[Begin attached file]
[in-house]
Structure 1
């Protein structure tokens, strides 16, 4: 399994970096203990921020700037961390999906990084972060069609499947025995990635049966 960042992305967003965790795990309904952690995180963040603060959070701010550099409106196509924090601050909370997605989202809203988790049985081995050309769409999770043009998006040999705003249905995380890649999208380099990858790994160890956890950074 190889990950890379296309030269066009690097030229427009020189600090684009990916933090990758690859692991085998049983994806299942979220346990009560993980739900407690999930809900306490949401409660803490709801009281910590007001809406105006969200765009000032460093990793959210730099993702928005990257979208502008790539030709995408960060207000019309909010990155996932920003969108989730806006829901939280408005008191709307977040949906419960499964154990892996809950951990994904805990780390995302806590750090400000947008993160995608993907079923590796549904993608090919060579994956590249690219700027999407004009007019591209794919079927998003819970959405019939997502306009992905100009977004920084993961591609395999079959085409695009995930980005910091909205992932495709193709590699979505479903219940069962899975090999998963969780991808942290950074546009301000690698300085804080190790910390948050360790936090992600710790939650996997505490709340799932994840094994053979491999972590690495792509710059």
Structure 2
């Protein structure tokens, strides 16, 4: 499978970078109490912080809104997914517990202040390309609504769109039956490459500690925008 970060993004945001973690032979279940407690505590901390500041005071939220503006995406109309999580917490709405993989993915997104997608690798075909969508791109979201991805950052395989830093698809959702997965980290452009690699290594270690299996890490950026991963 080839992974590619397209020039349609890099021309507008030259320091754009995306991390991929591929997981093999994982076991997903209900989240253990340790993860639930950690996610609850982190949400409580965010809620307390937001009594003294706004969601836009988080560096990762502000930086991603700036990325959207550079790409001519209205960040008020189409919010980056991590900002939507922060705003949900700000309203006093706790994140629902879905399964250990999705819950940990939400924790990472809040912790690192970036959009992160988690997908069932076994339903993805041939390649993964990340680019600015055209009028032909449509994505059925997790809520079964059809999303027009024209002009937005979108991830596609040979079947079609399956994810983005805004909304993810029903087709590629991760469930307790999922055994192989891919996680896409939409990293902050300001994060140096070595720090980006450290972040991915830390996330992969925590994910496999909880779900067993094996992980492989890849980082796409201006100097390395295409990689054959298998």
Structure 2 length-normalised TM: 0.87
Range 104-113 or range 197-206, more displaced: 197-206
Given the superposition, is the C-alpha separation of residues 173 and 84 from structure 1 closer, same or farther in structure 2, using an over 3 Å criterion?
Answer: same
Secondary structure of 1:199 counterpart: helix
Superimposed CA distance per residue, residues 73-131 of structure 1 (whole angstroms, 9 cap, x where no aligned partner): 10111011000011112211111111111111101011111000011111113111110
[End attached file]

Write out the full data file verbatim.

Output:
[in-house]
Structure 1
């Protein structure tokens, strides 16, 4: 399994970096203990921020700037961390999906990084972060069609499947025995990635049966 960042992305967003965790795990309904952690995180963040603060959070701010550099409106196509924090601050909370997605989202809203988790049985081995050309769409999770043009998006040999705003249905995380890649999208380099990858790994160890956890950074 190889990950890379296309030269066009690097030229427009020189600090684009990916933090990758690859692991085998049983994806299942979220346990009560993980739900407690999930809900306490949401409660803490709801009281910590007001809406105006969200765009000032460093990793959210730099993702928005990257979208502008790539030709995408960060207000019309909010990155996932920003969108989730806006829901939280408005008191709307977040949906419960499964154990892996809950951990994904805990780390995302806590750090400000947008993160995608993907079923590796549904993608090919060579994956590249690219700027999407004009007019591209794919079927998003819970959405019939997502306009992905100009977004920084993961591609395999079959085409695009995930980005910091909205992932495709193709590699979505479903219940069962899975090999998963969780991808942290950074546009301000690698300085804080190790910390948050360790936090992600710790939650996997505490709340799932994840094994053979491999972590690495792509710059």
Structure 2
């Protein structure tokens, strides 16, 4: 499978970078109490912080809104997914517990202040390309609504769109039956490459500690925008 970060993004945001973690032979279940407690505590901390500041005071939220503006995406109309999580917490709405993989993915997104997608690798075909969508791109979201991805950052395989830093698809959702997965980290452009690699290594270690299996890490950026991963 080839992974590619397209020039349609890099021309507008030259320091754009995306991390991929591929997981093999994982076991997903209900989240253990340790993860639930950690996610609850982190949400409580965010809620307390937001009594003294706004969601836009988080560096990762502000930086991603700036990325959207550079790409001519209205960040008020189409919010980056991590900002939507922060705003949900700000309203006093706790994140629902879905399964250990999705819950940990939400924790990472809040912790690192970036959009992160988690997908069932076994339903993805041939390649993964990340680019600015055209009028032909449509994505059925997790809520079964059809999303027009024209002009937005979108991830596609040979079947079609399956994810983005805004909304993810029903087709590629991760469930307790999922055994192989891919996680896409939409990293902050300001994060140096070595720090980006450290972040991915830390996330992969925590994910496999909880779900067993094996992980492989890849980082796409201006100097390395295409990689054959298998």
Structure 2 length-normalised TM: 0.87
Range 104-113 or range 197-206, more displaced: 197-206
Given the superposition, is the C-alpha separation of residues 173 and 84 from structure 1 closer, same or farther in structure 2, using an over 3 Å criterion?
Answer: same
Secondary structure of 1:199 counterpart: helix
Superimposed CA distance per residue, residues 73-131 of structure 1 (whole angstroms, 9 cap, x where no aligned partner): 10111011000011112211111111111111101011111000011111113111110